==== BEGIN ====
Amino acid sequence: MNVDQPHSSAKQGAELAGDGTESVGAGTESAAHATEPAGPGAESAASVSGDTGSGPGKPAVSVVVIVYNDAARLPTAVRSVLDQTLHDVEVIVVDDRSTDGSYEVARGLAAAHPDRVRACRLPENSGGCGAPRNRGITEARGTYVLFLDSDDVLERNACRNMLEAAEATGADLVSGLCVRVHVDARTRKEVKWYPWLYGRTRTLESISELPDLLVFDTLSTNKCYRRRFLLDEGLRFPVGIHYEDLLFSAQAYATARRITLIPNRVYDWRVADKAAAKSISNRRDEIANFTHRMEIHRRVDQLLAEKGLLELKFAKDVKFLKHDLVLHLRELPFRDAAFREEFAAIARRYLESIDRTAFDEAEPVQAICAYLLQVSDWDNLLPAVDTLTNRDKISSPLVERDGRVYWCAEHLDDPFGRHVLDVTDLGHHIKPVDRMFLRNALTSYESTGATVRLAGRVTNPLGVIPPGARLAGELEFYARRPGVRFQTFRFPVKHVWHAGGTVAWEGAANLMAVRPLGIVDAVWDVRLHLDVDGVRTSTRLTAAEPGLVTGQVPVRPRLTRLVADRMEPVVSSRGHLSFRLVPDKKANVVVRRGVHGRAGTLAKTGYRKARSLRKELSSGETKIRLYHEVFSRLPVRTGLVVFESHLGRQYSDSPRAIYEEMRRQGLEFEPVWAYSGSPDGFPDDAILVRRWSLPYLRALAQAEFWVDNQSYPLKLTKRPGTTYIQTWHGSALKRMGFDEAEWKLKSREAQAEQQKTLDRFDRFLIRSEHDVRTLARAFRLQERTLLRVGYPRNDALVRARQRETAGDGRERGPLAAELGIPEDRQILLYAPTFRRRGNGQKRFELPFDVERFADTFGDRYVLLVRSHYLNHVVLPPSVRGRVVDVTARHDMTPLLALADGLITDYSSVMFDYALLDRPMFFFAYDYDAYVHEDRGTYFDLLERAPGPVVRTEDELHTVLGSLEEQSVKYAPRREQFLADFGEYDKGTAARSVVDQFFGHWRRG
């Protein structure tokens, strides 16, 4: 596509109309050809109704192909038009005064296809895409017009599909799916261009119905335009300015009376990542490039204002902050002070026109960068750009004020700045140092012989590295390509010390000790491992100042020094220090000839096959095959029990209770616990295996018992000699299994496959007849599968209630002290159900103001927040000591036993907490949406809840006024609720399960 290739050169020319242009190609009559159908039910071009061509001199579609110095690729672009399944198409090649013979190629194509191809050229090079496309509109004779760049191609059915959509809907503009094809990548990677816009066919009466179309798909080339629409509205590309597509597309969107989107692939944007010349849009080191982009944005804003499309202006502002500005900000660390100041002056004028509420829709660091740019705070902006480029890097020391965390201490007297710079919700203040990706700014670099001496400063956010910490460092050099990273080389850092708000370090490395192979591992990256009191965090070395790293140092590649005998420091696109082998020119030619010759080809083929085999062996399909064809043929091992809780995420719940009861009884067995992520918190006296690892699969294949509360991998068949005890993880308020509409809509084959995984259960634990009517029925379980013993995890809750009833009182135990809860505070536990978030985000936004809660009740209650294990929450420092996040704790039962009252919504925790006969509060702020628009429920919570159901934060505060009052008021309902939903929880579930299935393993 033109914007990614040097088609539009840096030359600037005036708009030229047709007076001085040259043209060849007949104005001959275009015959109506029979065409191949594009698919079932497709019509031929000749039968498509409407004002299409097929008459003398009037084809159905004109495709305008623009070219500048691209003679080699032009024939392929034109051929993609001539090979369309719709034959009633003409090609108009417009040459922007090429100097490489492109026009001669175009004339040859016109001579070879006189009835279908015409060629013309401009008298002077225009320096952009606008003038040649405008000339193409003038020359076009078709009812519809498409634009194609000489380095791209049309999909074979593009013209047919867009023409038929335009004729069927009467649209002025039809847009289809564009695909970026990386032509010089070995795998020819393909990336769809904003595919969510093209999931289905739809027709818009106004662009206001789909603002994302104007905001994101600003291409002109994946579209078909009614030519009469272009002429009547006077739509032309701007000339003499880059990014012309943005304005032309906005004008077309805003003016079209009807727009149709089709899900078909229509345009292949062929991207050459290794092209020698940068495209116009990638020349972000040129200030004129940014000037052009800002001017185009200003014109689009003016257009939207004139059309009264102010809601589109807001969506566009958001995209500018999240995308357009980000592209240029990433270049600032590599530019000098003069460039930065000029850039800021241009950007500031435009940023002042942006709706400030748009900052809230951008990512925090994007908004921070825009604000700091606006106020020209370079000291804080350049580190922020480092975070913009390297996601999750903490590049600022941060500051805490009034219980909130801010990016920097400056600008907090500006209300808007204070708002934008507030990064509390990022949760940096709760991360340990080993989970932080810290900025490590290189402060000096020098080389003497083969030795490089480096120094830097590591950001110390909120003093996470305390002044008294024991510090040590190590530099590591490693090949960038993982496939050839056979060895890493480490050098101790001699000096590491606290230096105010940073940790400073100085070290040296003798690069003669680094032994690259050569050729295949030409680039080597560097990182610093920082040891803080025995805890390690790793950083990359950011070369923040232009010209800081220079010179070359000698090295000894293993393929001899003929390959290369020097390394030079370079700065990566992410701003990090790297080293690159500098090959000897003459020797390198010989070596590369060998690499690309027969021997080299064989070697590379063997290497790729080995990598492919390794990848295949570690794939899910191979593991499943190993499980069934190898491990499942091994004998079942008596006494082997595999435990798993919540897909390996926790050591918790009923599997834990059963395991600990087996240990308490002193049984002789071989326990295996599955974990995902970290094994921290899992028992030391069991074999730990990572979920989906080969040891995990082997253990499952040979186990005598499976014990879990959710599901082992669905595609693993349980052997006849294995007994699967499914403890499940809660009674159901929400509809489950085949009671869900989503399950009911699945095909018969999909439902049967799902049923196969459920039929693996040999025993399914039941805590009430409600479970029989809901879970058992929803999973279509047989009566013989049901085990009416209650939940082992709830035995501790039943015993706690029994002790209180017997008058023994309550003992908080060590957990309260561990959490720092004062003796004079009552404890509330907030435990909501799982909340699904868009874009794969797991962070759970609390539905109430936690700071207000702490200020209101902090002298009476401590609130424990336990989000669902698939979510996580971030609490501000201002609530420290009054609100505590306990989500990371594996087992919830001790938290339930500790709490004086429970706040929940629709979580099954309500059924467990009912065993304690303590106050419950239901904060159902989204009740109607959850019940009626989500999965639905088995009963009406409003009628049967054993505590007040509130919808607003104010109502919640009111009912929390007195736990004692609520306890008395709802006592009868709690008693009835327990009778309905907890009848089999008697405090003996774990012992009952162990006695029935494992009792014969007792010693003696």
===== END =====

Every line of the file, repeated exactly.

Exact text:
Amino acid sequence: MNVDQPHSSAKQGAELAGDGTESVGAGTESAAHATEPAGPGAESAASVSGDTGSGPGKPAVSVVVIVYNDAARLPTAVRSVLDQTLHDVEVIVVDDRSTDGSYEVARGLAAAHPDRVRACRLPENSGGCGAPRNRGITEARGTYVLFLDSDDVLERNACRNMLEAAEATGADLVSGLCVRVHVDARTRKEVKWYPWLYGRTRTLESISELPDLLVFDTLSTNKCYRRRFLLDEGLRFPVGIHYEDLLFSAQAYATARRITLIPNRVYDWRVADKAAAKSISNRRDEIANFTHRMEIHRRVDQLLAEKGLLELKFAKDVKFLKHDLVLHLRELPFRDAAFREEFAAIARRYLESIDRTAFDEAEPVQAICAYLLQVSDWDNLLPAVDTLTNRDKISSPLVERDGRVYWCAEHLDDPFGRHVLDVTDLGHHIKPVDRMFLRNALTSYESTGATVRLAGRVTNPLGVIPPGARLAGELEFYARRPGVRFQTFRFPVKHVWHAGGTVAWEGAANLMAVRPLGIVDAVWDVRLHLDVDGVRTSTRLTAAEPGLVTGQVPVRPRLTRLVADRMEPVVSSRGHLSFRLVPDKKANVVVRRGVHGRAGTLAKTGYRKARSLRKELSSGETKIRLYHEVFSRLPVRTGLVVFESHLGRQYSDSPRAIYEEMRRQGLEFEPVWAYSGSPDGFPDDAILVRRWSLPYLRALAQAEFWVDNQSYPLKLTKRPGTTYIQTWHGSALKRMGFDEAEWKLKSREAQAEQQKTLDRFDRFLIRSEHDVRTLARAFRLQERTLLRVGYPRNDALVRARQRETAGDGRERGPLAAELGIPEDRQILLYAPTFRRRGNGQKRFELPFDVERFADTFGDRYVLLVRSHYLNHVVLPPSVRGRVVDVTARHDMTPLLALADGLITDYSSVMFDYALLDRPMFFFAYDYDAYVHEDRGTYFDLLERAPGPVVRTEDELHTVLGSLEEQSVKYAPRREQFLADFGEYDKGTAARSVVDQFFGHWRRG
């Protein structure tokens, strides 16, 4: 596509109309050809109704192909038009005064296809895409017009599909799916261009119905335009300015009376990542490039204002902050002070026109960068750009004020700045140092012989590295390509010390000790491992100042020094220090000839096959095959029990209770616990295996018992000699299994496959007849599968209630002290159900103001927040000591036993907490949406809840006024609720399960 290739050169020319242009190609009559159908039910071009061509001199579609110095690729672009399944198409090649013979190629194509191809050229090079496309509109004779760049191609059915959509809907503009094809990548990677816009066919009466179309798909080339629409509205590309597509597309969107989107692939944007010349849009080191982009944005804003499309202006502002500005900000660390100041002056004028509420829709660091740019705070902006480029890097020391965390201490007297710079919700203040990706700014670099001496400063956010910490460092050099990273080389850092708000370090490395192979591992990256009191965090070395790293140092590649005998420091696109082998020119030619010759080809083929085999062996399909064809043929091992809780995420719940009861009884067995992520918190006296690892699969294949509360991998068949005890993880308020509409809509084959995984259960634990009517029925379980013993995890809750009833009182135990809860505070536990978030985000936004809660009740209650294990929450420092996040704790039962009252919504925790006969509060702020628009429920919570159901934060505060009052008021309902939903929880579930299935393993 033109914007990614040097088609539009840096030359600037005036708009030229047709007076001085040259043209060849007949104005001959275009015959109506029979065409191949594009698919079932497709019509031929000749039968498509409407004002299409097929008459003398009037084809159905004109495709305008623009070219500048691209003679080699032009024939392929034109051929993609001539090979369309719709034959009633003409090609108009417009040459922007090429100097490489492109026009001669175009004339040859016109001579070879006189009835279908015409060629013309401009008298002077225009320096952009606008003038040649405008000339193409003038020359076009078709009812519809498409634009194609000489380095791209049309999909074979593009013209047919867009023409038929335009004729069927009467649209002025039809847009289809564009695909970026990386032509010089070995795998020819393909990336769809904003595919969510093209999931289905739809027709818009106004662009206001789909603002994302104007905001994101600003291409002109994946579209078909009614030519009469272009002429009547006077739509032309701007000339003499880059990014012309943005304005032309906005004008077309805003003016079209009807727009149709089709899900078909229509345009292949062929991207050459290794092209020698940068495209116009990638020349972000040129200030004129940014000037052009800002001017185009200003014109689009003016257009939207004139059309009264102010809601589109807001969506566009958001995209500018999240995308357009980000592209240029990433270049600032590599530019000098003069460039930065000029850039800021241009950007500031435009940023002042942006709706400030748009900052809230951008990512925090994007908004921070825009604000700091606006106020020209370079000291804080350049580190922020480092975070913009390297996601999750903490590049600022941060500051805490009034219980909130801010990016920097400056600008907090500006209300808007204070708002934008507030990064509390990022949760940096709760991360340990080993989970932080810290900025490590290189402060000096020098080389003497083969030795490089480096120094830097590591950001110390909120003093996470305390002044008294024991510090040590190590530099590591490693090949960038993982496939050839056979060895890493480490050098101790001699000096590491606290230096105010940073940790400073100085070290040296003798690069003669680094032994690259050569050729295949030409680039080597560097990182610093920082040891803080025995805890390690790793950083990359950011070369923040232009010209800081220079010179070359000698090295000894293993393929001899003929390959290369020097390394030079370079700065990566992410701003990090790297080293690159500098090959000897003459020797390198010989070596590369060998690499690309027969021997080299064989070697590379063997290497790729080995990598492919390794990848295949570690794939899910191979593991499943190993499980069934190898491990499942091994004998079942008596006494082997595999435990798993919540897909390996926790050591918790009923599997834990059963395991600990087996240990308490002193049984002789071989326990295996599955974990995902970290094994921290899992028992030391069991074999730990990572979920989906080969040891995990082997253990499952040979186990005598499976014990879990959710599901082992669905595609693993349980052997006849294995007994699967499914403890499940809660009674159901929400509809489950085949009671869900989503399950009911699945095909018969999909439902049967799902049923196969459920039929693996040999025993399914039941805590009430409600479970029989809901879970058992929803999973279509047989009566013989049901085990009416209650939940082992709830035995501790039943015993706690029994002790209180017997008058023994309550003992908080060590957990309260561990959490720092004062003796004079009552404890509330907030435990909501799982909340699904868009874009794969797991962070759970609390539905109430936690700071207000702490200020209101902090002298009476401590609130424990336990989000669902698939979510996580971030609490501000201002609530420290009054609100505590306990989500990371594996087992919830001790938290339930500790709490004086429970706040929940629709979580099954309500059924467990009912065993304690303590106050419950239901904060159902989204009740109607959850019940009626989500999965639905088995009963009406409003009628049967054993505590007040509130919808607003104010109502919640009111009912929390007195736990004692609520306890008395709802006592009868709690008693009835327990009778309905907890009848089999008697405090003996774990012992009952162990006695029935494992009792014969007792010693003696």